Abstract: This research explores a fundamental cause of variation in human capital formation across families in the pre-modern period, as well as the mitigating effects of family-level economic prosperity. Exploiting a vast genealogy of English individuals in the 17th to the 19th centuries, the study proposes and tests the hypothesis that lower parental reproductive capacity positively affected the socioeconomic achievements of offspring. In particular, the research establishes an e↵ect of reproductive capacity on offspring human capital in the pre-modern era. Using the time interval between the date of marriage and the first birth as a measure of reproductive capacity, the research establishes that children of parents with lower fecundity were more likely to become literate and employed in skilled and high-wealth professions. The analysis finds that parental fecundity significantly affected the number of siblings, indicating that a trade-off between child quantity and quality was present in England during the industrial revolution and supporting leading theories of the origins of modern economic growth. Furthermore, it finds that the effect was weaker for the socioeconomic elite, who could offset the cost of additional children by raising total investment in offspring human capital.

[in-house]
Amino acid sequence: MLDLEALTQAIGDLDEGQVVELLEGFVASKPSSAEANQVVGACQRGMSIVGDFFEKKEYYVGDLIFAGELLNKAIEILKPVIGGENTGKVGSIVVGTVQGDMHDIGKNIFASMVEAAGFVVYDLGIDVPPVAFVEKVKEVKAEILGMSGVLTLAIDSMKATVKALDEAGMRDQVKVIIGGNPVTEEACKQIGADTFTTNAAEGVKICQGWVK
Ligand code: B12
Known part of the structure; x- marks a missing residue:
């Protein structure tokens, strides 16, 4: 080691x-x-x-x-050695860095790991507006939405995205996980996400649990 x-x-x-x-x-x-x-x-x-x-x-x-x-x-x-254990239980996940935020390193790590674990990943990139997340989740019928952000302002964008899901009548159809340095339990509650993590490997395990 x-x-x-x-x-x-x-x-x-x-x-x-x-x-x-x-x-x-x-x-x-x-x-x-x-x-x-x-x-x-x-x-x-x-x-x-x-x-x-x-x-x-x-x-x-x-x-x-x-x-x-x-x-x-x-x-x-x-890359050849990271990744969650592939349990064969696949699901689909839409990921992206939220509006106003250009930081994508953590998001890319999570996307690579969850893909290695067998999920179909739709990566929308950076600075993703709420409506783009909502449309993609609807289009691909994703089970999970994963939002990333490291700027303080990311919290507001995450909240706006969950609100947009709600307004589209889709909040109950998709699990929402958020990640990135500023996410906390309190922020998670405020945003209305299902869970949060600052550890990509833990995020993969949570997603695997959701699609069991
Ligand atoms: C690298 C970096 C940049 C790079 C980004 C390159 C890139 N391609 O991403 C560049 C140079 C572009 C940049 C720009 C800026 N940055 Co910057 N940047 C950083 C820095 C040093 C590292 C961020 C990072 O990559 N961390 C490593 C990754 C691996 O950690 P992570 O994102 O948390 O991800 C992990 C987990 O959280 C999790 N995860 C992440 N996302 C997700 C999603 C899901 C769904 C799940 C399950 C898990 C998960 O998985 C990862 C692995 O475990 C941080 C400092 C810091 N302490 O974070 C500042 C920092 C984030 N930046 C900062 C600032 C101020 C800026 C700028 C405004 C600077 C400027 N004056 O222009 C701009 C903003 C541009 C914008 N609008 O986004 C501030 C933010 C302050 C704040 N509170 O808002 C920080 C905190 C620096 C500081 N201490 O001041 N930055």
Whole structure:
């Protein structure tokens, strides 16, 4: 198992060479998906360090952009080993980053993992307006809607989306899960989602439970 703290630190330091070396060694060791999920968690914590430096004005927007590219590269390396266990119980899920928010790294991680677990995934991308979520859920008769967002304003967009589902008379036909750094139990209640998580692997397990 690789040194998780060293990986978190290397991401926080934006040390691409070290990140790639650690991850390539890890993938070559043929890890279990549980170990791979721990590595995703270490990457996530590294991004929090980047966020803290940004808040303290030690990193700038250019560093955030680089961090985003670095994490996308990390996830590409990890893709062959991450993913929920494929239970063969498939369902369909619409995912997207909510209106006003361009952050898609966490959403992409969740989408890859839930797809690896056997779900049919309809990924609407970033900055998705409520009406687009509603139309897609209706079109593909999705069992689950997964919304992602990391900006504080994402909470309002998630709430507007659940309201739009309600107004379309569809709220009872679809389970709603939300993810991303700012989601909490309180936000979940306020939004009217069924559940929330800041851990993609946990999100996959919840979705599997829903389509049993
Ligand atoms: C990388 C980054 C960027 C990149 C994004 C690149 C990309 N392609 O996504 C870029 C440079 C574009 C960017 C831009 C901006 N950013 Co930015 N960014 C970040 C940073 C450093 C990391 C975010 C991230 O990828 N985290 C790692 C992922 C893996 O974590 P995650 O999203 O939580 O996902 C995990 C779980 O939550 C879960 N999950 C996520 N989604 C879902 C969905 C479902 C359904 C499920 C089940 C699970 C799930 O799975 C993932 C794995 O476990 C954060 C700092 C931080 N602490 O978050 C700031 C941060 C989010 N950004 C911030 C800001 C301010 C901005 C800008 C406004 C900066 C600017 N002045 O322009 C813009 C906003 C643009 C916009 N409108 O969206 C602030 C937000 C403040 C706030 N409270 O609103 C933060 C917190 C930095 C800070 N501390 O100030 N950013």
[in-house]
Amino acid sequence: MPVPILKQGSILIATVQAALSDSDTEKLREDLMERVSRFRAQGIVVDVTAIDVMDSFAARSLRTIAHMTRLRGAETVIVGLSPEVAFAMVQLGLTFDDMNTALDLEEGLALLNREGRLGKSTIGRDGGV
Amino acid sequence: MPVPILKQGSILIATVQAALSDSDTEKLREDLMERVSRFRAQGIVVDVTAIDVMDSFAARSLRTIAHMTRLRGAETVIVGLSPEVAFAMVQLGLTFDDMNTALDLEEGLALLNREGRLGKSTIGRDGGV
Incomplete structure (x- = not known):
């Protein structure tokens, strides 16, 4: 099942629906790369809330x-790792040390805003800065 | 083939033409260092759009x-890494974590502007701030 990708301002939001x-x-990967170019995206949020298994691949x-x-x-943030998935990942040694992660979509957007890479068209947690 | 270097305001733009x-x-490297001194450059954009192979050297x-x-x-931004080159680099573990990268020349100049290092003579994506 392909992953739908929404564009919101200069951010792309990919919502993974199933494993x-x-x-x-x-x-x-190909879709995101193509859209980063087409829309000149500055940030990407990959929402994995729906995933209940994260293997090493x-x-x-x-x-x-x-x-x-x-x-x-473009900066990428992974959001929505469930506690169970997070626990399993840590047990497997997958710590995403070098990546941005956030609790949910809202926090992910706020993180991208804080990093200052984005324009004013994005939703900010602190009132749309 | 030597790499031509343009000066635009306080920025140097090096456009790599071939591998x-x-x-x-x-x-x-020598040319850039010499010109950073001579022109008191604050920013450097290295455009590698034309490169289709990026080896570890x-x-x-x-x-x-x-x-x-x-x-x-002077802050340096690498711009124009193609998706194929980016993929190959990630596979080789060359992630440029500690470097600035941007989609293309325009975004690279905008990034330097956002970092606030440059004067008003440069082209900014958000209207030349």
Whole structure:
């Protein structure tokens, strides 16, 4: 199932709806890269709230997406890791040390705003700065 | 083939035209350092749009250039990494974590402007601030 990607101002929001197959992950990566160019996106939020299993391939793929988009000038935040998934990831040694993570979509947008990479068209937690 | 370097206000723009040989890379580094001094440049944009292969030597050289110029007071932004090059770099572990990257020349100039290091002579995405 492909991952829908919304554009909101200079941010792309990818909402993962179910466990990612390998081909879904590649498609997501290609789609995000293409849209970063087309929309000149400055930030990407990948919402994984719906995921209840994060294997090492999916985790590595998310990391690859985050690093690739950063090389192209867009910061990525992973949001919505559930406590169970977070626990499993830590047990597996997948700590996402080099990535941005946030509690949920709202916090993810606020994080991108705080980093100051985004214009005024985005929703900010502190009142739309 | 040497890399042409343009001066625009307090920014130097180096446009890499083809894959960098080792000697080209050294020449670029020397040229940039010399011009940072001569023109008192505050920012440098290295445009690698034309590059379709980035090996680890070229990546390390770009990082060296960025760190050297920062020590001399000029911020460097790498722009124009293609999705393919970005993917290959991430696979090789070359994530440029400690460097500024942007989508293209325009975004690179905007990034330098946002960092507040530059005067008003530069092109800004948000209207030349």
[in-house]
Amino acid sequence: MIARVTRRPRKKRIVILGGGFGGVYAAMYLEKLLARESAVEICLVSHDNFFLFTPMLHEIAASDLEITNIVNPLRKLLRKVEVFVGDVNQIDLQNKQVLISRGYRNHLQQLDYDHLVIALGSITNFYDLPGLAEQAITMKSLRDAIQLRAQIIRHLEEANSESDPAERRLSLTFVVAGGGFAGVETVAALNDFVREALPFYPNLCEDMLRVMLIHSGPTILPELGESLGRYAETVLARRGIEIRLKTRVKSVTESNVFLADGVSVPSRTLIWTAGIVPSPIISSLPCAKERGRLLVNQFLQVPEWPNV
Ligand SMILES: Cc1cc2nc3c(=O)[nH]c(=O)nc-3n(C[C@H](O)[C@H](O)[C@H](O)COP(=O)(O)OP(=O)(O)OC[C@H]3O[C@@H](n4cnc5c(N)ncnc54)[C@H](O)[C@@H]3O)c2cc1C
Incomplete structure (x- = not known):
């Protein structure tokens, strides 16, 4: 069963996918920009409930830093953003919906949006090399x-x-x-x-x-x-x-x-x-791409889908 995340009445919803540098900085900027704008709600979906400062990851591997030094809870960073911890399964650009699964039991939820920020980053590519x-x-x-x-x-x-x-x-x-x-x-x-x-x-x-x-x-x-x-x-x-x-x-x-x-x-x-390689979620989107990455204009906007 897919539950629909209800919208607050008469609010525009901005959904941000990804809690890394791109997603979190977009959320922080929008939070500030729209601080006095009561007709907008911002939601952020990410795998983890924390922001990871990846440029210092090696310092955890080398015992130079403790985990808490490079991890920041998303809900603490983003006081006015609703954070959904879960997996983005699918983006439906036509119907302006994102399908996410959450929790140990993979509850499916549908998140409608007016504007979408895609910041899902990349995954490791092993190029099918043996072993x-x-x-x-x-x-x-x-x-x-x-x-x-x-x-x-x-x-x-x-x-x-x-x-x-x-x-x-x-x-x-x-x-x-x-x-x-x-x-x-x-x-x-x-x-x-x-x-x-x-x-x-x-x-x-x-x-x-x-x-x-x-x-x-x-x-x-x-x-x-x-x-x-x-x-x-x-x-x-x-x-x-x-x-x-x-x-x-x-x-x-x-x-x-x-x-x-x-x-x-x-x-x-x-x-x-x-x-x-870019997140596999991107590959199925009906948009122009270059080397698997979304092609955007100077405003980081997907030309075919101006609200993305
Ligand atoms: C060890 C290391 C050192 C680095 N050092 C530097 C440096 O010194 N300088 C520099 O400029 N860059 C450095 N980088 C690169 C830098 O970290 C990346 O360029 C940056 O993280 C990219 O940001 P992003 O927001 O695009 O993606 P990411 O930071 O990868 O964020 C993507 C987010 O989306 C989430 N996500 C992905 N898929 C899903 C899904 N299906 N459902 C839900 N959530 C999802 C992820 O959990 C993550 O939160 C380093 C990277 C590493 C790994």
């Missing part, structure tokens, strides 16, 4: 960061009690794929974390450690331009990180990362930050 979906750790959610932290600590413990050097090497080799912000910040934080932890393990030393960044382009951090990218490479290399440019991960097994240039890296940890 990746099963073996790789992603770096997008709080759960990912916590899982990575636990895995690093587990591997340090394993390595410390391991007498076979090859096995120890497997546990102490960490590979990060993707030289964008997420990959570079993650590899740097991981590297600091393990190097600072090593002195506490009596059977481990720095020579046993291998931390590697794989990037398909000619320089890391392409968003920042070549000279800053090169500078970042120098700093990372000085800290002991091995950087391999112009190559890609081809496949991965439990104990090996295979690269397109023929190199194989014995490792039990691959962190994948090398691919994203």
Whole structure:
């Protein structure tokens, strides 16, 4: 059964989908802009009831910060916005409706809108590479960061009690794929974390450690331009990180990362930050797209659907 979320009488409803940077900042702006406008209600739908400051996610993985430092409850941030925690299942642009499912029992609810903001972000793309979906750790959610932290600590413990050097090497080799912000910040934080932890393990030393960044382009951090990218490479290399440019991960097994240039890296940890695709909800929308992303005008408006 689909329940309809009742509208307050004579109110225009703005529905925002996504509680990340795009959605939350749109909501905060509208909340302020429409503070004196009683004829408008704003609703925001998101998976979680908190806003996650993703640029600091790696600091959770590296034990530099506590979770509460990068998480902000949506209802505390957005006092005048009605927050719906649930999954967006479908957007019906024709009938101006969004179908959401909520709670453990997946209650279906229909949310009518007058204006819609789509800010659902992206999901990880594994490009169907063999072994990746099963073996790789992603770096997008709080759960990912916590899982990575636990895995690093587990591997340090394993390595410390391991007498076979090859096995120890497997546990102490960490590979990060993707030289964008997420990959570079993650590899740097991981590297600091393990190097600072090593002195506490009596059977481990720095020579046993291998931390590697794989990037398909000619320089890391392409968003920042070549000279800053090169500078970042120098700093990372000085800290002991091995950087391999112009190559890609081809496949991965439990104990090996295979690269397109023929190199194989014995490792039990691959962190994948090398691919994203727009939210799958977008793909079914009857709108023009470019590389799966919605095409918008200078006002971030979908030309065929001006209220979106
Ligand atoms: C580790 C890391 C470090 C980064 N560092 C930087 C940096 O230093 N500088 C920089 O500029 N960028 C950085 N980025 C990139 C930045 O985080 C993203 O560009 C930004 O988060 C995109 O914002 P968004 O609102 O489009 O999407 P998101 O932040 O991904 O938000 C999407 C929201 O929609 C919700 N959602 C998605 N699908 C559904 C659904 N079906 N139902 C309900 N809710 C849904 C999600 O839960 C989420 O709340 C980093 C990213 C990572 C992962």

Keywords: Human Capital Formation, Child Quantity-Quality Trade-Off, Reproductive Capacity, Fecundity, Demographic Transition, Long-Run Economic Growth JEL Classification: J13, N30, O10
    Date: 2016
  3. By: Lains, Pedro
    Abstract: This chapter follows the steps of renovation of European economic history towards a more unified interpretation of sources of growth and stagnation. To better understand the diversity of patterns of growth, we need to look beyond the study of the industrialization of the core economies, and explore the centuries before it occurred. Portuguese agriculture was hardly ever at the European productivity and technological forefront and the distance from it varied substantially across the second Millennium. Yet if we look at the periods of the Christian Reconquista, the recovery from the Black Death, the response to the globalization of the Renaissance, to the eighteenth century economic enlightenment, or to nineteenth century industrialization, we may conclude that agriculture in this country of the European periphery was often adaptive and dynamic. The fact that economic backwardness was not overcome by the end of the period is no longer the most relevant aspect of that story. Long-term agricultural transformation in Portugal replicate to a large extent what occurred elsewhere in Western Europe, as far as our knowledge of both developments through such a long time span can tell, both in terms of timing and intensity, albeit at a distance. European agrarian transformation was not too different on the southwestern frontier.
    Keywords: Portugal; Europe; Long-term growth; Institutions; Agriculture